Sunday, July 10, 2016

The One Man by Andrew Gross Review

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1944. Physics professor Alfred Mendl is separated from his family and sent to the men’s camp, where all of his belongings are tossed on a roaring fire. His books, his papers, his life’s work. The Nazis have no idea what they have just destroyed. And without that physical record, Alfred is one of only two people in the world with his particular knowledge. Knowledge that could start a war, or end it.
Nathan Blum works behind a desk at an intelligence office in Washington, DC, but he longs to contribute to the war effort in a more meaningful way, and he has a particular skill set the U.S. suddenly needs. Nathan is fluent in German and Polish, he is Semitic looking, and he proved his scrappiness at a young age when he escaped from the Polish ghetto. Now, the government wants him to take on the most dangerous assignment of his life: Nathan must sneak into Auschwitz, on a mission to find and escape with one man.
The One Man, a historical thriller from New York Times bestseller Andrew Gross, is a deeply affecting, unputdownable series of twists and turns through a landscape at times horrifyingly familiar but still completely compelling.
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This is a time period of great sadness and racism that isn't talked about much, isn't taught enough about, and is heartbreaking to read about, listen to, and watch. A horrific time in history.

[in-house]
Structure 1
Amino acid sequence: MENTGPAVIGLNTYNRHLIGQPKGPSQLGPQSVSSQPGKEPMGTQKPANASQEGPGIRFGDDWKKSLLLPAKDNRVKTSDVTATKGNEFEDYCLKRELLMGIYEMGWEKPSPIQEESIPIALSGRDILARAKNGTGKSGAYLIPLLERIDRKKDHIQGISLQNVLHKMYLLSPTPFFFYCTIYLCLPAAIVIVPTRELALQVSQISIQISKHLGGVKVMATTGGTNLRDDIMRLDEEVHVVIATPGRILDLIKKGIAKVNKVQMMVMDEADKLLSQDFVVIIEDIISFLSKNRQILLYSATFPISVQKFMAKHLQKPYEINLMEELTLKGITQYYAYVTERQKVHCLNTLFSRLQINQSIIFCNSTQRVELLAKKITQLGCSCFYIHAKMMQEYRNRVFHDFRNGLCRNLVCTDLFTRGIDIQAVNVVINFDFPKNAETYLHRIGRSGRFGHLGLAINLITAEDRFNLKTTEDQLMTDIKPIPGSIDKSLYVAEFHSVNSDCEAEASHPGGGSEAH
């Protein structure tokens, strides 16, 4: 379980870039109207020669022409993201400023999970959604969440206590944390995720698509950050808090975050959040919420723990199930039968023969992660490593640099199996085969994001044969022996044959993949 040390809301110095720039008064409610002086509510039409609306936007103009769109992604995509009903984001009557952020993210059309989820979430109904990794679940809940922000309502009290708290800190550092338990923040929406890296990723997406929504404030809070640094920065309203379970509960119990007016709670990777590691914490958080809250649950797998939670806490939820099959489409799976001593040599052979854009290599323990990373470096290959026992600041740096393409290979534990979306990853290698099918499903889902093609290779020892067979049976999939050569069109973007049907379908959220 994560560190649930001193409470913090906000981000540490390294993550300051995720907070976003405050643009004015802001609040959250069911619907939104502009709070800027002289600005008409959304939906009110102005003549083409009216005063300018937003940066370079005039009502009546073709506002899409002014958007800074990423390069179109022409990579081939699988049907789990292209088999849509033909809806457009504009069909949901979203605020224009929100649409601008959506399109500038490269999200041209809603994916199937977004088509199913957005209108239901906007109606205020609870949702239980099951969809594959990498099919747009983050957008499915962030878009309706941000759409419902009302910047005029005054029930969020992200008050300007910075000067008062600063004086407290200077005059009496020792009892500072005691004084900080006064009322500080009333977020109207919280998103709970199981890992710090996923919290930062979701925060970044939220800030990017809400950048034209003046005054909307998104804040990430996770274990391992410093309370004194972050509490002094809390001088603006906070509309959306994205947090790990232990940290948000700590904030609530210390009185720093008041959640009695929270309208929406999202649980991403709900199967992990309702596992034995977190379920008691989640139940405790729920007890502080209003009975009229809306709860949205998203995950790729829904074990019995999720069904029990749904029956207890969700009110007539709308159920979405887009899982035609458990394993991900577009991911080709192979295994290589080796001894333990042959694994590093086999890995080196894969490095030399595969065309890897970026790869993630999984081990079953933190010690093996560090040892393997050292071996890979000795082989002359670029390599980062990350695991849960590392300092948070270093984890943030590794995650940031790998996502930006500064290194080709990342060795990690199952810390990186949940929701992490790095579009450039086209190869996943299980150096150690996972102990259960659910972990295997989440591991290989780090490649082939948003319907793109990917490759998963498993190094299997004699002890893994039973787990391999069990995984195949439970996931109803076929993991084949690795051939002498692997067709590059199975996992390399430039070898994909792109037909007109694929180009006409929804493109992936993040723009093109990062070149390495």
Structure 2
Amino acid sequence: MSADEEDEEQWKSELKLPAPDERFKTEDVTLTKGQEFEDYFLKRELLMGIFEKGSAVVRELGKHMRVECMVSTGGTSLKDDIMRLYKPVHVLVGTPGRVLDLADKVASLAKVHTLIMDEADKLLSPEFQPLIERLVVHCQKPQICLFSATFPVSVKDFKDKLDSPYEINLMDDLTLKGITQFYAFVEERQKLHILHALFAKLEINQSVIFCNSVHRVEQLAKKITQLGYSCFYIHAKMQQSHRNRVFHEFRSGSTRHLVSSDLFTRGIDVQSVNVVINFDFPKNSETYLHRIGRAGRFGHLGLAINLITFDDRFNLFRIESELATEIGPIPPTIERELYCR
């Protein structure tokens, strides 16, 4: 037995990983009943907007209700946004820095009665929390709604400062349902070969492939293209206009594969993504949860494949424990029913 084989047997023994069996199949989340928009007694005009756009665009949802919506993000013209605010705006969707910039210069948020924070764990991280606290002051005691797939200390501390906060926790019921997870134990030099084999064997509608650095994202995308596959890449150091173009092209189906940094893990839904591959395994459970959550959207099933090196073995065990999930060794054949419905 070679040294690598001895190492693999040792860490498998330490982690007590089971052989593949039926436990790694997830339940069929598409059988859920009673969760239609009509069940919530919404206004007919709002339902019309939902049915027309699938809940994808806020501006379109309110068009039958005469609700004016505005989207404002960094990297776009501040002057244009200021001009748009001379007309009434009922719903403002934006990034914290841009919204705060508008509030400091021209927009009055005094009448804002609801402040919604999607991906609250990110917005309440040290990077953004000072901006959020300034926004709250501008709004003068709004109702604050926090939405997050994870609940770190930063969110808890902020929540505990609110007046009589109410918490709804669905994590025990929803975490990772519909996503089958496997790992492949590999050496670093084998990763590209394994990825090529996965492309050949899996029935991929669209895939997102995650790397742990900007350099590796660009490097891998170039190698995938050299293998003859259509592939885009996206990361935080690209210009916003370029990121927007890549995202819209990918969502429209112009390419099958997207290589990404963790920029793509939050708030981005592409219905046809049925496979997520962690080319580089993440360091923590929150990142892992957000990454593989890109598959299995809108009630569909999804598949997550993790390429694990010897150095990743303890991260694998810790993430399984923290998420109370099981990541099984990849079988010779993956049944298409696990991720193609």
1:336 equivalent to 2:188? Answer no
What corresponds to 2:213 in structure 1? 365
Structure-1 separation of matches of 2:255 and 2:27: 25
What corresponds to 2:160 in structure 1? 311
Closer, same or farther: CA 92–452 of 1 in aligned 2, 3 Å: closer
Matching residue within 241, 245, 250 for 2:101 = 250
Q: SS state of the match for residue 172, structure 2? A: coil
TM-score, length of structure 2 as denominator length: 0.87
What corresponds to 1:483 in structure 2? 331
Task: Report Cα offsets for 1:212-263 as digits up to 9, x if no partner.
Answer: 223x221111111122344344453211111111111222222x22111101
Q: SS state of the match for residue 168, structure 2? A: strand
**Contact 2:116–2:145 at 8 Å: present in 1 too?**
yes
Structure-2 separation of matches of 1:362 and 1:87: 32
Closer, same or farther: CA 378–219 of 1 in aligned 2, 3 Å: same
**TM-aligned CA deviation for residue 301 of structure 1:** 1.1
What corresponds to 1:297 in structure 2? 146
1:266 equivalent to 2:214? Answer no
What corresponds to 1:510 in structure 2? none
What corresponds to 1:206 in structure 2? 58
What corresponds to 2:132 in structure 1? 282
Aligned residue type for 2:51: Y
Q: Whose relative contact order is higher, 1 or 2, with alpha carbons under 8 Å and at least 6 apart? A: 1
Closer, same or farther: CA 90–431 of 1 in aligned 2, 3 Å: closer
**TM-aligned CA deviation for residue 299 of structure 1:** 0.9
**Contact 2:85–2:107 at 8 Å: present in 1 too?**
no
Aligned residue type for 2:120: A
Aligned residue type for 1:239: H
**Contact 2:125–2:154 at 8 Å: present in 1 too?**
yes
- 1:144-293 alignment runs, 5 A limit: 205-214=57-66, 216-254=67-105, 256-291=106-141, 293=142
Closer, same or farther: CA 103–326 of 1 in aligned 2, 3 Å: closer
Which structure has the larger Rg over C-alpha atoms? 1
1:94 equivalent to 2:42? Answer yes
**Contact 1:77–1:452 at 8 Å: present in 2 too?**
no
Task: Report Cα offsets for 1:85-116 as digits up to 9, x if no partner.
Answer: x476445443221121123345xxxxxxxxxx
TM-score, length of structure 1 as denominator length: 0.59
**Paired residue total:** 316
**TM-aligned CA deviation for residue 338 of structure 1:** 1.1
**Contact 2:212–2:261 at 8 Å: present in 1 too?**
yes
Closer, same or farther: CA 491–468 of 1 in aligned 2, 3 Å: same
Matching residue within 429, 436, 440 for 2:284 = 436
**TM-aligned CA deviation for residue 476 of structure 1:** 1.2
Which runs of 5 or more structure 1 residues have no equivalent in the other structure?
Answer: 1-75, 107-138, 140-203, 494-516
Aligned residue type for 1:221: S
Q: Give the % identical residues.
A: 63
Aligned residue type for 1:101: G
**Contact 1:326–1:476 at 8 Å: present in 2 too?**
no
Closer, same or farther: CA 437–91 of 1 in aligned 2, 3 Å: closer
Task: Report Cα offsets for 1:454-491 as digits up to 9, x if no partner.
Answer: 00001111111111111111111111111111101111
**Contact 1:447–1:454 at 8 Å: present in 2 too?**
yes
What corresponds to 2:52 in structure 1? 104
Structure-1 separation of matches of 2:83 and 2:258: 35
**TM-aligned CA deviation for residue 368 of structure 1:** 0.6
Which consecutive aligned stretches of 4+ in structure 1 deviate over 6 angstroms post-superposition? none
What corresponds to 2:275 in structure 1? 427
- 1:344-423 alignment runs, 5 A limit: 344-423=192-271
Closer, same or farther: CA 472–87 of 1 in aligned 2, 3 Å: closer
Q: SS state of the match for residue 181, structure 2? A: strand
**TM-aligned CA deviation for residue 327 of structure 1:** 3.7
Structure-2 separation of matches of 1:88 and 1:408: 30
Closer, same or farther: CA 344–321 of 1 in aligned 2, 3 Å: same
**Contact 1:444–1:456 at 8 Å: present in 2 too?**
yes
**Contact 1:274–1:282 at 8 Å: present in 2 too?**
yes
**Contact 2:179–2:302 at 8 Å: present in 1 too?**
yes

This historical thriller is set during World War II, in Auschwitz. In this story, it is focused on the physics professor who has a way to end the war, an atomic bomb.  Even though this is during a very sad time in history, this book is very memorizing and compelling. He found a way to write a story during a very sad and traumatizing time in history and create a story line with sub-plots without making it emotionally difficult to read. It truly was a hard book to put down. 

I do highly recommend this book to all. 



                                     I received this book from Netgalley for free in exchange for an honest review. 



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